Rising damp on removed chimney brest

Discussion in 'Builders' Talk' started by Boxafrogs, Jul 1, 2008.

  1. Boxafrogs

    Boxafrogs New Member

    Hi all, I have a victorian cottage that has been added to over the years.It has solid,soft red walls. The chimney has been removed but the wall (no longer an outside wall) remains damp.The floor has been concreted.I have removed plaster to a metre high.
    What I need to do is to seal the wall and plaster/plasterboard the wall which will be behind kitchen cabinets.What I don't know is which product/plaster would be best to use. Some advise would be helpful. Thanks.
  2. Cornish Crofter

    Cornish Crofter Active Member

    Before you do anything I would suggest you get it damp proofed.

    If the damp proofing needs to be done higher up then tank the wall up to dpc level before you plaster.

    If you intend to plaster, using sand cement with the additive the damp proofing co can sell you should be fine.
  3. nigel

    nigel Guest

    Check the roof where the chimney was removed.Damp cannot rise.
  4. Mr GrimNasty

    Mr GrimNasty Active Member

    Damp cannot rise.

  5. mack4

    mack4 New Member

    Yeah,he needs to ask Leonard Rossiter about that.Don't you need a vent where the chimbley was?
  6. mof

    mof Member

    It may not be rising damp but damp caused by salts left over from the salts in the smoke and soot.If so you will need to seal the brickwork before plastering.
  7. ecm

    ecm New Member

    Damp cannot rise.


    Don't post on subjects you know nowt about, it only serves to mislead and confuse other posters. If you're going to post on topics like this, familiarise yourself with capillary action, hydraulic diffusivity and sorptivity in masonry.

  8. Boxafrogs

    Boxafrogs New Member

    Thanks to every one who has replied. I have worked out what to do now.

    RANTER New Member

    well,every day in every way i learn a little more.sorptivity,wow!boy am i glad i know nothing at all about any thing.now then,now then.
  10. RANTER

    RANTER New Member

    do you know the difference between a belfast sink and a london sink?when you do,you will know if damp can rise.
  11. blueassedfly!

    blueassedfly! New Member

    "Check the roof where the chimney was removed.Damp cannot rise. " NIGEL thats quality :D:D:D:D:D:D:D:D:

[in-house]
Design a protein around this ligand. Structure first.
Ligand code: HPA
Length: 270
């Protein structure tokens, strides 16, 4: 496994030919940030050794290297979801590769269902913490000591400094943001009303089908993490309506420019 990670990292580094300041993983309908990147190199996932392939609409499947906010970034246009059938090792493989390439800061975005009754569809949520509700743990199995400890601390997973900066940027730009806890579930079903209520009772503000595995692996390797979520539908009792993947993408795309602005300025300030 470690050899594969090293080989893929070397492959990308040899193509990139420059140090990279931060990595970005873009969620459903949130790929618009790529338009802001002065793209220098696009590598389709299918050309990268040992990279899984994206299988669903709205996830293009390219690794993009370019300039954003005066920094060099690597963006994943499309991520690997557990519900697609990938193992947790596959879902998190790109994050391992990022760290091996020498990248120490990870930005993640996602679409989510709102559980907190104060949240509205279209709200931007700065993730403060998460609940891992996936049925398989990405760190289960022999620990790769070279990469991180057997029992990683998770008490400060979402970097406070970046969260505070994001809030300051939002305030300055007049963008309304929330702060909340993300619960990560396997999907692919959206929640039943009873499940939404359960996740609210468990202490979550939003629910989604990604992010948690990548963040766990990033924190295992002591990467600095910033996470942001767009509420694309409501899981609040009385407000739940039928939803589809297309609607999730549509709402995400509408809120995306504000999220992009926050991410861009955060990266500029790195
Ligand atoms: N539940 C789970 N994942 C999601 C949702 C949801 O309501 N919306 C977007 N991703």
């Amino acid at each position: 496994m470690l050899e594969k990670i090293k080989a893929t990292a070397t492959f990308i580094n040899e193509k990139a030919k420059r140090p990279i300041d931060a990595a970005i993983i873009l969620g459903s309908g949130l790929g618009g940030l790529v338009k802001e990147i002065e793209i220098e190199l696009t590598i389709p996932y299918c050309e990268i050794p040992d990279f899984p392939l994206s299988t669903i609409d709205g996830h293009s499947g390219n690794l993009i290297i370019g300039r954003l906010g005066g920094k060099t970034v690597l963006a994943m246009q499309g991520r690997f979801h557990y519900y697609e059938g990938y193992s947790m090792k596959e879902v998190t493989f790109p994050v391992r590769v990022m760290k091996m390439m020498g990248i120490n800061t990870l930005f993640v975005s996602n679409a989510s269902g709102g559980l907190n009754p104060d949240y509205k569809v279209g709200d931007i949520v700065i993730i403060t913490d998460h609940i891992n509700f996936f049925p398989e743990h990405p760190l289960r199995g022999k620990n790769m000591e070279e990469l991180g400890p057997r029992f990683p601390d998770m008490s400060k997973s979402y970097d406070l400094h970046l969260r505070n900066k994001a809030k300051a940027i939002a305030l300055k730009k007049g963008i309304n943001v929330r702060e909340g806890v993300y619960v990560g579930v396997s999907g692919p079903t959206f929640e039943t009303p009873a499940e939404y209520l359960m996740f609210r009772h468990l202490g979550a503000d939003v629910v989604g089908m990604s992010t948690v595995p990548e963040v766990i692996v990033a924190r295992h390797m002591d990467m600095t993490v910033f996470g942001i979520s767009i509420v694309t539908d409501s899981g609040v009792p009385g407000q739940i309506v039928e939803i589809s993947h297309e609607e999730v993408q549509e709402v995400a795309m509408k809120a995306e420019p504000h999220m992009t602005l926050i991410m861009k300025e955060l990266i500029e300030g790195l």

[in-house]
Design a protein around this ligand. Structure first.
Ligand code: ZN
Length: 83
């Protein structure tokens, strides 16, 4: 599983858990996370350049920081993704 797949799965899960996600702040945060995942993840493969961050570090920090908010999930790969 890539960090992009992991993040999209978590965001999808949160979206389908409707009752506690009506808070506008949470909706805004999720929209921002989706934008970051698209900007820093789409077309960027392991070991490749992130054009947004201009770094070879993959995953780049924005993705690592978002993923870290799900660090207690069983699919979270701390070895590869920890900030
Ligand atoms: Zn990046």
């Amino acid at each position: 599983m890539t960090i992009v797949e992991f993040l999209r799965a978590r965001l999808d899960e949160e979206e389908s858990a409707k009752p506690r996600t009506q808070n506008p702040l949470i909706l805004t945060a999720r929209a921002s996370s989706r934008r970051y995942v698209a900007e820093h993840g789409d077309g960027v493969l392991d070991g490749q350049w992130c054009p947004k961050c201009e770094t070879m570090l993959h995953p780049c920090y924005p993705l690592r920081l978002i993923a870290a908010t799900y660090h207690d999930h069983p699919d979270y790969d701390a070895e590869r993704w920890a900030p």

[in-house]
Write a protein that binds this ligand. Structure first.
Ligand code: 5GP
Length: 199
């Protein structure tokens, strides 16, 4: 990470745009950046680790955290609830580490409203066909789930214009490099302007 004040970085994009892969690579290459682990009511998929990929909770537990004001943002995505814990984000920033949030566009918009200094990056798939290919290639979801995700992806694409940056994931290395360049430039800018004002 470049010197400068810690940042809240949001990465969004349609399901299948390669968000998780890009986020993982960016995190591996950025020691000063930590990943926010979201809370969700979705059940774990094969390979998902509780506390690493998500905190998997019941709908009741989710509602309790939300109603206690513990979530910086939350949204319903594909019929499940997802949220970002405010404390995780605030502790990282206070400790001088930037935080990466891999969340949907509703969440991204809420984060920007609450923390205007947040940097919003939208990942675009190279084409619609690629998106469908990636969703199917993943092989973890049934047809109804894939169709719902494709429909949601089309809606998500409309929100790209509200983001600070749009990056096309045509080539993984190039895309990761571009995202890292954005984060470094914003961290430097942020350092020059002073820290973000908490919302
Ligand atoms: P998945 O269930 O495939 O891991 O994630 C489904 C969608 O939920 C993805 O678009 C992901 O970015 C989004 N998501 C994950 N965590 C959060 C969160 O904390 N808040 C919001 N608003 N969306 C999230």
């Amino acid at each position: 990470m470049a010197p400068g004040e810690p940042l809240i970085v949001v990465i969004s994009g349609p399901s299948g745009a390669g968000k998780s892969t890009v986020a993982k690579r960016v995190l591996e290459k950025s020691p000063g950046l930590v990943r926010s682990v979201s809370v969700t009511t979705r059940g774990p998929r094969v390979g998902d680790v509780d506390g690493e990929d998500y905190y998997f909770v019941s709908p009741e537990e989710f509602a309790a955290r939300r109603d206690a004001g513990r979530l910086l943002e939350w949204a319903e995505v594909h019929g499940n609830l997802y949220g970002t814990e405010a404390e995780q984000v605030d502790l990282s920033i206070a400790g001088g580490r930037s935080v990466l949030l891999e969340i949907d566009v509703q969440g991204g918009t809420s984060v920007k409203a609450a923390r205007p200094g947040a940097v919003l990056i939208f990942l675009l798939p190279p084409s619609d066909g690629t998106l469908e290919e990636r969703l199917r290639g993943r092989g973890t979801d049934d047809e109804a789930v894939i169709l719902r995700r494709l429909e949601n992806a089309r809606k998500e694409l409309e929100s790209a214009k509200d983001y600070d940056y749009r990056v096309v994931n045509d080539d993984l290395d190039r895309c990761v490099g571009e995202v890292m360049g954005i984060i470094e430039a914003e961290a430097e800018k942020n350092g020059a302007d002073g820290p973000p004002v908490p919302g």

12. nigel

    nigel Guest

  13. nigel

    nigel Guest

  14. blueassedfly!

    blueassedfly! New Member

    NIGEL "The myth that surrounds rising damp continues. Mike Parrett has not found a true case of rising damp due to the failure of an existing physical damp proof course in walls."

    Boxafrogs "I have a victorian cottage."

    whats the chance there is NO DPC in a victorian cottage, its all in the post, somtimes you just gotta read it right! :)
  15. ecm

    ecm New Member

    Nigel, have you actually read those links you posted? Here's a few quotes from them in case you haven't:-

    "Mike's work in proving the rarity of rising damp due to a failure of the physical damp proof course is saving the Council £160,000 per year."

    "Rising damp is a very rare phenomenon."

    "The damp-course industry holed below the water line. An entertaining factual account of the mis-selling of remedial damp-proofing work." - Professor Malcolm Hollis author of 'Surveying Buildings'.

    I wouldn't disagree with any of those statements, but none of them state damp doesn't rise! In fact, on the contrary, they confirm it occurs.

    Enlighten yourself with a read through these:-
    BRE Technical Document 245, rising damp in walls – diagnosis and treatment by Trotman
    BS6576:2005 code of practice for diagnosis of rising damp in walls
    Surveying Buildings – Hollis (Yep, the same guy quoted above – it used to be a standard 1st year degree text that one :p)

    Oh and by the way, don't believe everything you read on the net. ;)

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